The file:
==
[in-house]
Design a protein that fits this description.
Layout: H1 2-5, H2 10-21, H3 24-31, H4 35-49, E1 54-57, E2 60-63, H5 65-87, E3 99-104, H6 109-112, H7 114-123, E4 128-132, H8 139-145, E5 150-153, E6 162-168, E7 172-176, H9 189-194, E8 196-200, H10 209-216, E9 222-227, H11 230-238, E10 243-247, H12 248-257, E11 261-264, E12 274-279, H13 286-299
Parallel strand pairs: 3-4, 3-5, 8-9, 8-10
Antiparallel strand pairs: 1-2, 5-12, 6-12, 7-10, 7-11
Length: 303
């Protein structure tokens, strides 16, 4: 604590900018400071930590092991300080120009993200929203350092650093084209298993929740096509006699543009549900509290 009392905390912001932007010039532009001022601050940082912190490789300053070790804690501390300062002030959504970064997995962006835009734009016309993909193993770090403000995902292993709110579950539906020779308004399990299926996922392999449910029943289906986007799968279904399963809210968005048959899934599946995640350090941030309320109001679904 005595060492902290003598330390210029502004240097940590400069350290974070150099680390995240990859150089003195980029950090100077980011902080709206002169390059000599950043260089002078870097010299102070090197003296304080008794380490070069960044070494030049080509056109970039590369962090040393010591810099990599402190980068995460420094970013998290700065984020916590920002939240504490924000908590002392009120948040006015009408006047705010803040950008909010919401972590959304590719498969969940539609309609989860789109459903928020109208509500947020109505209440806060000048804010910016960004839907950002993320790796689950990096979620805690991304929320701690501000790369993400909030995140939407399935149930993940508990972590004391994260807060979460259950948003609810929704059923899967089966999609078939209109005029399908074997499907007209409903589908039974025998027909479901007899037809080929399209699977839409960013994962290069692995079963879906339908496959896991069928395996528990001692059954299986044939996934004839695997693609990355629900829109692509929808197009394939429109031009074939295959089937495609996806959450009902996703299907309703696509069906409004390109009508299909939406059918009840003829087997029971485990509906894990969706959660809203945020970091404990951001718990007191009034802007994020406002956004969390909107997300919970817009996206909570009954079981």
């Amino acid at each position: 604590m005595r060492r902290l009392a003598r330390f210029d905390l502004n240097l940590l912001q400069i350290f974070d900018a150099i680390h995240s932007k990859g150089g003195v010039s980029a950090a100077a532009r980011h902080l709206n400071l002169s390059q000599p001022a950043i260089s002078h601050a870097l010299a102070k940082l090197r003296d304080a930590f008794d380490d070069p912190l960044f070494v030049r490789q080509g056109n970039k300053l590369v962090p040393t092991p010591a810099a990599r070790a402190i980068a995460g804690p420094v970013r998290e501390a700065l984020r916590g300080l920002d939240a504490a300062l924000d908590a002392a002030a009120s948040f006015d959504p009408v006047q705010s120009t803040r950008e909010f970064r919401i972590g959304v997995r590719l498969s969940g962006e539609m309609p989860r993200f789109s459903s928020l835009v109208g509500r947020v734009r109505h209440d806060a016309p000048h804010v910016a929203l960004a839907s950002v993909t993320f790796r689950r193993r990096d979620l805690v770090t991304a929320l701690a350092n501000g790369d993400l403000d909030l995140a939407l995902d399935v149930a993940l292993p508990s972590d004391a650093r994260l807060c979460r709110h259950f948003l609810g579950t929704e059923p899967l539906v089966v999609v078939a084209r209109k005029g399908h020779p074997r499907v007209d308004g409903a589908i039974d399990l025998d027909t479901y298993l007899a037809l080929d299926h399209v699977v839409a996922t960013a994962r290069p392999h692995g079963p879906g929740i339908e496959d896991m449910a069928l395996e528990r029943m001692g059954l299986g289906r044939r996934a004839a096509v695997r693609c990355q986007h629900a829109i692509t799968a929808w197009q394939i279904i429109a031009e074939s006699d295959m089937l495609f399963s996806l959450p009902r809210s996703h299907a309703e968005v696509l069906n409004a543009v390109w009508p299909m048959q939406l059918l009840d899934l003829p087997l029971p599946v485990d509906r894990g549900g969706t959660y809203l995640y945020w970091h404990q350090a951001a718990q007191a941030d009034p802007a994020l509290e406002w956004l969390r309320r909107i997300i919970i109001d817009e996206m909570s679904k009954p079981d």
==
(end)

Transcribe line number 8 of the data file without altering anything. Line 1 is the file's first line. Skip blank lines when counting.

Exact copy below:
């Amino acid at each position: 604590m005595r060492r902290l009392a003598r330390f210029d905390l502004n240097l940590l912001q400069i350290f974070d900018a150099i680390h995240s932007k990859g150089g003195v010039s980029a950090a100077a532009r980011h902080l709206n400071l002169s390059q000599p001022a950043i260089s002078h601050a870097l010299a102070k940082l090197r003296d304080a930590f008794d380490d070069p912190l960044f070494v030049r490789q080509g056109n970039k300053l590369v962090p040393t092991p010591a810099a990599r070790a402190i980068a995460g804690p420094v970013r998290e501390a700065l984020r916590g300080l920002d939240a504490a300062l924000d908590a002392a002030a009120s948040f006015d959504p009408v006047q705010s120009t803040r950008e909010f970064r919401i972590g959304v997995r590719l498969s969940g962006e539609m309609p989860r993200f789109s459903s928020l835009v109208g509500r947020v734009r109505h209440d806060a016309p000048h804010v910016a929203l960004a839907s950002v993909t993320f790796r689950r193993r990096d979620l805690v770090t991304a929320l701690a350092n501000g790369d993400l403000d909030l995140a939407l995902d399935v149930a993940l292993p508990s972590d004391a650093r994260l807060c979460r709110h259950f948003l609810g579950t929704e059923p899967l539906v089966v999609v078939a084209r209109k005029g399908h020779p074997r499907v007209d308004g409903a589908i039974d399990l025998d027909t479901y298993l007899a037809l080929d299926h399209v699977v839409a996922t960013a994962r290069p392999h692995g079963p879906g929740i339908e496959d896991m449910a069928l395996e528990r029943m001692g059954l299986g289906r044939r996934a004839a096509v695997r693609c990355q986007h629900a829109i692509t799968a929808w197009q394939i279904i429109a031009e074939s006699d295959m089937l495609f399963s996806l959450p009902r809210s996703h299907a309703e968005v696509l069906n409004a543009v390109w009508p299909m048959q939406l059918l009840d899934l003829p087997l029971p599946v485990d509906r894990g549900g969706t959660y809203l995640y945020w970091h404990q350090a951001a718990q007191a941030d009034p802007a994020l509290e406002w956004l969390r309320r909107i997300i919970i109001d817009e996206m909570s679904k009954p079981d």